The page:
Fluid management strategy absolved of neurologic injury blame in childhood DKA
medwireNews: Neither the rate of administration nor the sodium chloride content of replacement fluids given to children with diabetic ketoacidosis (DKA) influences their neurologic outcomes, show the results of the PECARN DKA FLUID Study.
Lead researcher Nathan Kuppermann (University of California, Davis, Sacramento, USA) and colleagues note that although treated DKA rarely leads to clinically evident brain injury, it “is an important cause of neurologic damage and death among children with diabetes.”
Their findings, which appear in The New England Journal of Medicine, would appear to contradict the theory that this damage is caused by osmotic changes during DKA management. The other prevailing theory is that the neurologic damage is a form of ischemia–reperfusion injury, they note.
The 1255 trial participants, who had a total of 1389 DKA episodes between them, were randomly assigned to one of four groups. They were given either 0.45% or 0.90% sodium chloride, which was either delivered fast, with half the fluid deficit, assumed to be 10% of bodyweight, administered within 12 hours and the remainder plus maintenance fluids within the subsequent 24 hours, or delivered slowly, with an assumed deficit of 5% of bodyweight plus maintenance fluids given evenly over 48 hours.
In an editorial accompanying the study, Mark Sperling (Icahn School of Medicine at Mt Sinai, New York, USA) notes that these approaches are all used in current clinical practice, although current guidelines, which “are based as much on experience as on comparative trials […] recommend that the replacement of crystalloid fluid after initial bolus resuscitation should be gradual over the course of 48 hours.”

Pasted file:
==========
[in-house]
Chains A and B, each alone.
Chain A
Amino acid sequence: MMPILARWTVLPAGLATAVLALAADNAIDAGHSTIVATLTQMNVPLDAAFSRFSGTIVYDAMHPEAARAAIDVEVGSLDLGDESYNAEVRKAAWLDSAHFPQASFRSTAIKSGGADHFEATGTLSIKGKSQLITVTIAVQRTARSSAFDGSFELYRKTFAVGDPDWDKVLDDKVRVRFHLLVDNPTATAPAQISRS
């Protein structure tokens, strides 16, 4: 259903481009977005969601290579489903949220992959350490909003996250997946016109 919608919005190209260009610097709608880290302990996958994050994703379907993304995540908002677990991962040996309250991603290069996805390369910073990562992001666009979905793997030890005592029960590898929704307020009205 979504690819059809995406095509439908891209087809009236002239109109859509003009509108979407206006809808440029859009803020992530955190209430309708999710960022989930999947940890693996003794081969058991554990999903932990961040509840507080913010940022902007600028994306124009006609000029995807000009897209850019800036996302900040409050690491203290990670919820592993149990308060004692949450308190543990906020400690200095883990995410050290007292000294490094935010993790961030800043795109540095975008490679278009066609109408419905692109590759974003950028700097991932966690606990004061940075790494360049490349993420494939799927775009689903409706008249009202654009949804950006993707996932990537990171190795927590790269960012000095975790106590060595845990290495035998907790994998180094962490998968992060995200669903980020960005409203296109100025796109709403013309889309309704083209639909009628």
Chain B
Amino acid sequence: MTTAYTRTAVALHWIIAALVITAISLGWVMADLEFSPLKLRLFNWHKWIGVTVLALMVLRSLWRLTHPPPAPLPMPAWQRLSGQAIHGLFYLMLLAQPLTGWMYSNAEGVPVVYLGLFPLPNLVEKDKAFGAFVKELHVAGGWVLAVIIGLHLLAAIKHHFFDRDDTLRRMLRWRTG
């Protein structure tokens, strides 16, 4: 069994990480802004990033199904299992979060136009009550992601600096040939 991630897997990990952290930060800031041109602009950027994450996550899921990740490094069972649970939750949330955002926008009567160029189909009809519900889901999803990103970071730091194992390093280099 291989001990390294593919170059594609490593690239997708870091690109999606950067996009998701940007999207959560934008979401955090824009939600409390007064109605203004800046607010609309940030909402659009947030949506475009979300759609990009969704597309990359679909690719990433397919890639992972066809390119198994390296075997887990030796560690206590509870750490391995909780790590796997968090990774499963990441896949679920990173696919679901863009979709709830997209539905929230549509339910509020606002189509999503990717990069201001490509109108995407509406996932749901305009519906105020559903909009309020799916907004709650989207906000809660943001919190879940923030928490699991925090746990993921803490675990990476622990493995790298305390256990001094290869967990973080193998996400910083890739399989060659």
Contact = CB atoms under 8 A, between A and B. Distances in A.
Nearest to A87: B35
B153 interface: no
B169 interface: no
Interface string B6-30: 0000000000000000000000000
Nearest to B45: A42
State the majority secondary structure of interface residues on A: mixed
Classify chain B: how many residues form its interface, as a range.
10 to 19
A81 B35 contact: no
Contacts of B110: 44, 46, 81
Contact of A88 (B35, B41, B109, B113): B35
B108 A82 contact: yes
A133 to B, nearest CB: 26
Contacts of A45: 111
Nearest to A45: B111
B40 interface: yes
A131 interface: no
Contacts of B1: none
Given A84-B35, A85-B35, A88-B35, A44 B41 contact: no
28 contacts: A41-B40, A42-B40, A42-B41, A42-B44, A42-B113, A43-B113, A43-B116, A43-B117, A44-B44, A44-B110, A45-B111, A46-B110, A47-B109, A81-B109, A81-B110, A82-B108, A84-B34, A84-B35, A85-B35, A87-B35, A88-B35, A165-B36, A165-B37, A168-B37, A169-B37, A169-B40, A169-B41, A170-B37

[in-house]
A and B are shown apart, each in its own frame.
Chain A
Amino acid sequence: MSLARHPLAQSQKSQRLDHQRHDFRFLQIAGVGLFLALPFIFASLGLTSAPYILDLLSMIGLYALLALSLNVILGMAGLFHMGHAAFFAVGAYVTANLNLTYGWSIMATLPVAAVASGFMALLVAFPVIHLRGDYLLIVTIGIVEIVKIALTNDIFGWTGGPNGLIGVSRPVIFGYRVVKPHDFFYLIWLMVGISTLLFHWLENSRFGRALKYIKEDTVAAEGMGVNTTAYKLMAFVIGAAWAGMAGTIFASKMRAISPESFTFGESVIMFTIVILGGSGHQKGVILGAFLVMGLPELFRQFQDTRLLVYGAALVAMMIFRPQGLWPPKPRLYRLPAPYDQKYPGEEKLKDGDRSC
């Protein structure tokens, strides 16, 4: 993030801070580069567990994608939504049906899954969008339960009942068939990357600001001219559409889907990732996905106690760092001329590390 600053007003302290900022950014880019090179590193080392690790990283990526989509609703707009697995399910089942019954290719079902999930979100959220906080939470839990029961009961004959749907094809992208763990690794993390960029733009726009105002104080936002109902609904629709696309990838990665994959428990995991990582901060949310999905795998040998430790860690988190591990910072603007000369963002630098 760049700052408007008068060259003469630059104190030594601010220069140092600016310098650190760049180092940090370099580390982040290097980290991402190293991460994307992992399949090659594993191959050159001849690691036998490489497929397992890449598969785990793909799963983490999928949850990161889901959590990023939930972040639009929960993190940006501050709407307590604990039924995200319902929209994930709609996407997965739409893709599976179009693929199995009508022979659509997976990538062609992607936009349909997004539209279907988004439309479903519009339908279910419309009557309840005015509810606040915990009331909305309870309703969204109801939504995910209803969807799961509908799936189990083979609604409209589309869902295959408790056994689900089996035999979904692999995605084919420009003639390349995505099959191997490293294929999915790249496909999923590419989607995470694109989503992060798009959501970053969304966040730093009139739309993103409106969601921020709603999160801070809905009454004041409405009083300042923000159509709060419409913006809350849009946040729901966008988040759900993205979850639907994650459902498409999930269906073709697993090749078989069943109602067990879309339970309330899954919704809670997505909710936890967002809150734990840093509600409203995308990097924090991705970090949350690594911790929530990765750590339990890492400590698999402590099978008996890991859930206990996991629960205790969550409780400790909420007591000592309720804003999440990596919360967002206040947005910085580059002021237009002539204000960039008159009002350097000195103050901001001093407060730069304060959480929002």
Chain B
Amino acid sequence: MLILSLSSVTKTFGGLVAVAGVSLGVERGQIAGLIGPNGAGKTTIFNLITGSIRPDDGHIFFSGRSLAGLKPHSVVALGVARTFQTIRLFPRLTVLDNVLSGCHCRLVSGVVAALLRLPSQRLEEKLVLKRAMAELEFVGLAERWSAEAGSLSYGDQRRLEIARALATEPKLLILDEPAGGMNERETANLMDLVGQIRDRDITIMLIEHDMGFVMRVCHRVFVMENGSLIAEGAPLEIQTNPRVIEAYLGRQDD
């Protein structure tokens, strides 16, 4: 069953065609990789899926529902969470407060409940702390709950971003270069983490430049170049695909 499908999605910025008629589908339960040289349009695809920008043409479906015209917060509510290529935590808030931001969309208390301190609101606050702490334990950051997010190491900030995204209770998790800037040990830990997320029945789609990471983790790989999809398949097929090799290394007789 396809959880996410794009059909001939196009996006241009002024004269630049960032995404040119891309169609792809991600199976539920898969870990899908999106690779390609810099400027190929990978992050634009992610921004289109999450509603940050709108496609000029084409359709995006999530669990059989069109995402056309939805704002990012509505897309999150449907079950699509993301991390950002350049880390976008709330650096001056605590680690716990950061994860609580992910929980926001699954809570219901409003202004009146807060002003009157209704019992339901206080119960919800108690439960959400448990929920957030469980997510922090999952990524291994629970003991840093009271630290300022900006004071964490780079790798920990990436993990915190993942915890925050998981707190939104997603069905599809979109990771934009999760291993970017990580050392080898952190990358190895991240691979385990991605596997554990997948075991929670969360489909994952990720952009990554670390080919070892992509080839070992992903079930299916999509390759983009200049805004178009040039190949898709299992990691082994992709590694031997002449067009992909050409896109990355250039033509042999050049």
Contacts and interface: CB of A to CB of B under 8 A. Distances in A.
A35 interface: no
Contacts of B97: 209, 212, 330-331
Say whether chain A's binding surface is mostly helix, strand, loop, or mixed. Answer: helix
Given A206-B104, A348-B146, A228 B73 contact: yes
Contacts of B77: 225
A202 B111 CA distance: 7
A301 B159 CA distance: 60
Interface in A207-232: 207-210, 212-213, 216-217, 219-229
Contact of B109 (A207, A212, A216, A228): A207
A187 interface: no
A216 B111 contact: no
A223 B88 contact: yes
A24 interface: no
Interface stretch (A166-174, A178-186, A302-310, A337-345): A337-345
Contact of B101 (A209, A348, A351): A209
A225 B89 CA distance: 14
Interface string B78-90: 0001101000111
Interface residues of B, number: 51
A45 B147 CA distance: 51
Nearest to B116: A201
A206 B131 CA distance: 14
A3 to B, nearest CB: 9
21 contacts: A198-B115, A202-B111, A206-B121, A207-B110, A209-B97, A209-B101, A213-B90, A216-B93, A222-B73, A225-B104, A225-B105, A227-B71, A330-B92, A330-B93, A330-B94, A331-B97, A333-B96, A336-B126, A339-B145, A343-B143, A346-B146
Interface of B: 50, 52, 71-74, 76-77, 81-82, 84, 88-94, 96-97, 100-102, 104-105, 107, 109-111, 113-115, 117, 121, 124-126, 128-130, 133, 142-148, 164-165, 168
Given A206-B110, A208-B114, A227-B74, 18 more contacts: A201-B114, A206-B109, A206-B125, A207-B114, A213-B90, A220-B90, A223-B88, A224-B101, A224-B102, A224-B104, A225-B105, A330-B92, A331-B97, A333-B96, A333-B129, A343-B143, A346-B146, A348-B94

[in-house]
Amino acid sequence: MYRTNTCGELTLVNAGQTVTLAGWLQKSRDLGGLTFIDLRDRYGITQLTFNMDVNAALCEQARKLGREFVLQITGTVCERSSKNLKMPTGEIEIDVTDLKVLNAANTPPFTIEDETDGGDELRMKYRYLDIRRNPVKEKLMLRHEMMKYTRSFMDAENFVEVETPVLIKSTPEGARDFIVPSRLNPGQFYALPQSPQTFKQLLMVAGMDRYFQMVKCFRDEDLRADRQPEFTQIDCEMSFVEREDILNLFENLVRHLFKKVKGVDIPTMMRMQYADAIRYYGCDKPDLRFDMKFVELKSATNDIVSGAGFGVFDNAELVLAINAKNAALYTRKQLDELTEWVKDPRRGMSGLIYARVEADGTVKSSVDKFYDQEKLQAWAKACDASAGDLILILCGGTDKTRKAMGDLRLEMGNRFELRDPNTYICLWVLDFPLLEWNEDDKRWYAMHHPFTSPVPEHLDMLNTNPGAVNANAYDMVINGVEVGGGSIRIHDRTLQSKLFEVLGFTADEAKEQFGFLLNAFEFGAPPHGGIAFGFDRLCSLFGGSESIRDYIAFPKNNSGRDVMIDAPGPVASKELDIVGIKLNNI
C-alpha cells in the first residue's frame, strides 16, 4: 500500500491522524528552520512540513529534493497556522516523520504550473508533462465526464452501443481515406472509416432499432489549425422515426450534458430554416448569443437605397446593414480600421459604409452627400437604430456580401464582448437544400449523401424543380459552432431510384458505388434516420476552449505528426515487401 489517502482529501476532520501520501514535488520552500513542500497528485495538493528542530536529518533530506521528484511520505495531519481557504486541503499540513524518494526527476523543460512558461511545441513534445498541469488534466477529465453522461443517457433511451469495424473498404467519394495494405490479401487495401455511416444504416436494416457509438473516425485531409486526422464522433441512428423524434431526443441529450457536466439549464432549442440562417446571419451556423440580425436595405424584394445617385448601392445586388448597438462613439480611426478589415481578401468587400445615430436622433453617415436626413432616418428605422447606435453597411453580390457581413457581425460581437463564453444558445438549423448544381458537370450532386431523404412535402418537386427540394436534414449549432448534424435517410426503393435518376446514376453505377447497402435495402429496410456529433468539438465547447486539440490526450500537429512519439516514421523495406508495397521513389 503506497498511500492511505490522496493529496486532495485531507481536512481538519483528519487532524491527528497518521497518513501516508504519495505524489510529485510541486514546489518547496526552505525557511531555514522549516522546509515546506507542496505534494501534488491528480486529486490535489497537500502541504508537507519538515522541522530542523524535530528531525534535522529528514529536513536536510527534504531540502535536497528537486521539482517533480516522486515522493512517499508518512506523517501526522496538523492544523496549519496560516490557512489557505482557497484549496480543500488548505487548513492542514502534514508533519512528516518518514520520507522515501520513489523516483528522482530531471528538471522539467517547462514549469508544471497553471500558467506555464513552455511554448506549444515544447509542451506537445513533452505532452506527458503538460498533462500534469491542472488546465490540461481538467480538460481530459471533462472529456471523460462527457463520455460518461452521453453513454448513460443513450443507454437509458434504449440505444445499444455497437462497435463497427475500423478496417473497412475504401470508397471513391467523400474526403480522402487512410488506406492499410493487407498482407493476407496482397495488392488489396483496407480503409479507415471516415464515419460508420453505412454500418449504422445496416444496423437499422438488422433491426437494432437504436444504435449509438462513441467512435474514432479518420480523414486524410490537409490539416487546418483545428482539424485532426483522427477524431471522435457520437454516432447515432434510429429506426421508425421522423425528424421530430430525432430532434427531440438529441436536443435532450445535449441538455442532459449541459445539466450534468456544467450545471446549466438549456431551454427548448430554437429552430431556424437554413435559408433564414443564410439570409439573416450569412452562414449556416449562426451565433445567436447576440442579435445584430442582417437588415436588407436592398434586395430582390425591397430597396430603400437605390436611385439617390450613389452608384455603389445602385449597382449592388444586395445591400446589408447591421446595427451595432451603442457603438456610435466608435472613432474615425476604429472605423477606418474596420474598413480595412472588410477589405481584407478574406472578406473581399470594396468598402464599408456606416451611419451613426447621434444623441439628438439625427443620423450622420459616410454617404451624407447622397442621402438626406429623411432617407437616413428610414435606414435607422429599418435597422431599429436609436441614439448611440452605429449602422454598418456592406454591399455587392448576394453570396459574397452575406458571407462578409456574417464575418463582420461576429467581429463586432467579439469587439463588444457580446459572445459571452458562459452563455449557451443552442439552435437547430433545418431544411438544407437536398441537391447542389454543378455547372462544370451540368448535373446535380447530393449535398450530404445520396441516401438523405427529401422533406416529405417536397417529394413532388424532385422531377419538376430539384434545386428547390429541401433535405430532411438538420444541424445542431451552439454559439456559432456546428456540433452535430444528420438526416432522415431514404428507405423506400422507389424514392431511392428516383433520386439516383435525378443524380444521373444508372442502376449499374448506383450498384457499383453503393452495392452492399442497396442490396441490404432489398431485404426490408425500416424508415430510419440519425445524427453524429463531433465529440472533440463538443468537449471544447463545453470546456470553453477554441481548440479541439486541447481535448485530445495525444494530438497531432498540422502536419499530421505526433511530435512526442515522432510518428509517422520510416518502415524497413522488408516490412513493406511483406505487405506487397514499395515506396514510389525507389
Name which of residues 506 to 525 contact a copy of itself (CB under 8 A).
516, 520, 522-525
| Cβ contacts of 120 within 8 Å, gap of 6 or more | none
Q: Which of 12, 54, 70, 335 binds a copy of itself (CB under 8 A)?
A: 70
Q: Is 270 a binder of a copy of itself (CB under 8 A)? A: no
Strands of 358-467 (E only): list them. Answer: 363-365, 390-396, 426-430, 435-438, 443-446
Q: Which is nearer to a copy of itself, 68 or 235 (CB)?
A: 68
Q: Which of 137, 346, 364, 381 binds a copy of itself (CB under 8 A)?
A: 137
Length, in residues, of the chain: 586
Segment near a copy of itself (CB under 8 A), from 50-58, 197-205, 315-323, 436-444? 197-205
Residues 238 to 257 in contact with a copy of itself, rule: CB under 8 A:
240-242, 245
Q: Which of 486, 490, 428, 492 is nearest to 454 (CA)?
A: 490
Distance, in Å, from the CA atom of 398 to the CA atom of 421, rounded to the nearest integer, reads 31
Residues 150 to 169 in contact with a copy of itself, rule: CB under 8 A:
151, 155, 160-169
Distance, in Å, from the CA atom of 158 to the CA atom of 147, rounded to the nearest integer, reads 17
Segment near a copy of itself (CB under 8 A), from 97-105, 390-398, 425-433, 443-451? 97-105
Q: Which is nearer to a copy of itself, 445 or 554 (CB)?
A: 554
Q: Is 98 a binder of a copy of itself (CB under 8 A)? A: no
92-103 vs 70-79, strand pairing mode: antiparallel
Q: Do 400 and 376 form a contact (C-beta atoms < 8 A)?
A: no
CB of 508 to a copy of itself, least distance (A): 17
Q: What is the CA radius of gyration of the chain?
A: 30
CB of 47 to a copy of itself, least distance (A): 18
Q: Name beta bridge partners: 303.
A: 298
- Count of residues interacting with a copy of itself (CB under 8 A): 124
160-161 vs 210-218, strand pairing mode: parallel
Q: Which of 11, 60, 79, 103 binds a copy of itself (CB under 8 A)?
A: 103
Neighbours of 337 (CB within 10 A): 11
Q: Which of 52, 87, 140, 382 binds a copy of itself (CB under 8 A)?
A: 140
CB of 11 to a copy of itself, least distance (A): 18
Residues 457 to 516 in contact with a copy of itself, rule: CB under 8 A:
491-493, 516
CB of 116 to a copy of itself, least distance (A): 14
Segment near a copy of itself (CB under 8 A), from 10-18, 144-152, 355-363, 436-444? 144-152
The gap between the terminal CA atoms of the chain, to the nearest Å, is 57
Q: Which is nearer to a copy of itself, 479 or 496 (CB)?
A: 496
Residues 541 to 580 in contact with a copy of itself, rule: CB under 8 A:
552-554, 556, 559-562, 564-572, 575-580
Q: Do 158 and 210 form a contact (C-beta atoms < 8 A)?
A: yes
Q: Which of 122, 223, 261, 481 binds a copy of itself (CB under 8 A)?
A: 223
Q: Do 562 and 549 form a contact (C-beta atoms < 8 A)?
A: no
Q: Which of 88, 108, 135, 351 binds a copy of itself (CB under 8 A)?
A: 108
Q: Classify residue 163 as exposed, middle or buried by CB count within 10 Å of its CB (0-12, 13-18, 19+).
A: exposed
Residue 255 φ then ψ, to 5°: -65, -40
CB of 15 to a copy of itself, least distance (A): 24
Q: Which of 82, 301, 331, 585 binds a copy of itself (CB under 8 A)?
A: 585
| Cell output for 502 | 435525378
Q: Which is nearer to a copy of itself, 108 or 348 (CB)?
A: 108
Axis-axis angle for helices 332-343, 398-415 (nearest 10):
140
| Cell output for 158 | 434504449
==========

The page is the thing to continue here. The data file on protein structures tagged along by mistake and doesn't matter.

Although rapid delivery of intravenous fluids has been linked to an increased risk for brain damage in retrospective studies, the researchers found that their primary outcome of a decline in Glasgow Coma Scale score to below 14 occurred in slightly (albeit not significantly) more patients assigned to receive slow fluid administration, at 3.3% and 4.7% of those given 0.45% and 0.90% sodium chloride, respectively, compared with 3.0% and 3.2% of those in the fast administration group.
The same was true for rates of clinically apparent brain damage during treatment (deterioration that prompted initiation of hyperosmolar therapy or endotracheal intubation, or resulted in death), at a corresponding 1.4% and 0.9% versus 0.6% and 0.6%. Results for the digit-span recall test, forward slope bordered on significantly better for the fast versus slow administration groups.
Sperling says that these PECARN (Pediatric Emergency Care Applied Research Network) findings “are likely to generate discussion and lead to revision of current recommendations.”
He also highlights that just one of the 12 children with clinically apparent brain damage during treatment died, and that none of the survivors had residual neurologic deficits, contrary to previously reported rates of 30–50%.
This attests “to the need to refer children with diabetic ketoacidosis to specialized centers,” he says.
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